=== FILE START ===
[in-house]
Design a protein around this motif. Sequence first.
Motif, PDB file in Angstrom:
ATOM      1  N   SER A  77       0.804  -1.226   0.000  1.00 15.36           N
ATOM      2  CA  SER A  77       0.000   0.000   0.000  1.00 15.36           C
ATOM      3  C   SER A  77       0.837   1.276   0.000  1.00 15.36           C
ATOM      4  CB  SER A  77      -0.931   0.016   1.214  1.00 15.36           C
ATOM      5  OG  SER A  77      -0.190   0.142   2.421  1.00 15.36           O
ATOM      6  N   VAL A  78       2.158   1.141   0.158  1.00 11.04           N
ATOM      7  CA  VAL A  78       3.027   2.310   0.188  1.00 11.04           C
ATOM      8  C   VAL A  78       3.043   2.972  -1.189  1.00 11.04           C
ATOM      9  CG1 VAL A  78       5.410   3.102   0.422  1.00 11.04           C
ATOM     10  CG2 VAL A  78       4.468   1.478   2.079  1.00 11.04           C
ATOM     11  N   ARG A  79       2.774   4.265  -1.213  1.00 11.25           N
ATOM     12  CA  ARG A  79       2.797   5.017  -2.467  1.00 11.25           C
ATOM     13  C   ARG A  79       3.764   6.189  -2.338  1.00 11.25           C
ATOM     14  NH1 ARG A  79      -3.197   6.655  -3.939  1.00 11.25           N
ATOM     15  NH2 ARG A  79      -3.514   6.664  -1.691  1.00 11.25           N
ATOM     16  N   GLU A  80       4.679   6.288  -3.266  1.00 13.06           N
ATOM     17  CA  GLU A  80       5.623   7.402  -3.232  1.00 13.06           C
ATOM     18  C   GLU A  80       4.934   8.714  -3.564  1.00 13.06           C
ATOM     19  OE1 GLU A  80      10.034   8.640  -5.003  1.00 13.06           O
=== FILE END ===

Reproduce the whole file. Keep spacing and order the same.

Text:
[in-house]
Design a protein around this motif. Sequence first.
Motif, PDB file in Angstrom:
ATOM      1  N   SER A  77       0.804  -1.226   0.000  1.00 15.36           N
ATOM      2  CA  SER A  77       0.000   0.000   0.000  1.00 15.36           C
ATOM      3  C   SER A  77       0.837   1.276   0.000  1.00 15.36           C
ATOM      4  CB  SER A  77      -0.931   0.016   1.214  1.00 15.36           C
ATOM      5  OG  SER A  77      -0.190   0.142   2.421  1.00 15.36           O
ATOM      6  N   VAL A  78       2.158   1.141   0.158  1.00 11.04           N
ATOM      7  CA  VAL A  78       3.027   2.310   0.188  1.00 11.04           C
ATOM      8  C   VAL A  78       3.043   2.972  -1.189  1.00 11.04           C
ATOM      9  CG1 VAL A  78       5.410   3.102   0.422  1.00 11.04           C
ATOM     10  CG2 VAL A  78       4.468   1.478   2.079  1.00 11.04           C
ATOM     11  N   ARG A  79       2.774   4.265  -1.213  1.00 11.25           N
ATOM     12  CA  ARG A  79       2.797   5.017  -2.467  1.00 11.25           C
ATOM     13  C   ARG A  79       3.764   6.189  -2.338  1.00 11.25           C
ATOM     14  NH1 ARG A  79      -3.197   6.655  -3.939  1.00 11.25           N
ATOM     15  NH2 ARG A  79      -3.514   6.664  -1.691  1.00 11.25           N
ATOM     16  N   GLU A  80       4.679   6.288  -3.266  1.00 13.06           N
ATOM     17  CA  GLU A  80       5.623   7.402  -3.232  1.00 13.06           C
ATOM     18  C   GLU A  80       4.934   8.714  -3.564  1.00 13.06           C
ATOM     19  OE1 GLU A  80      10.034   8.640  -5.003  1.00 13.06           O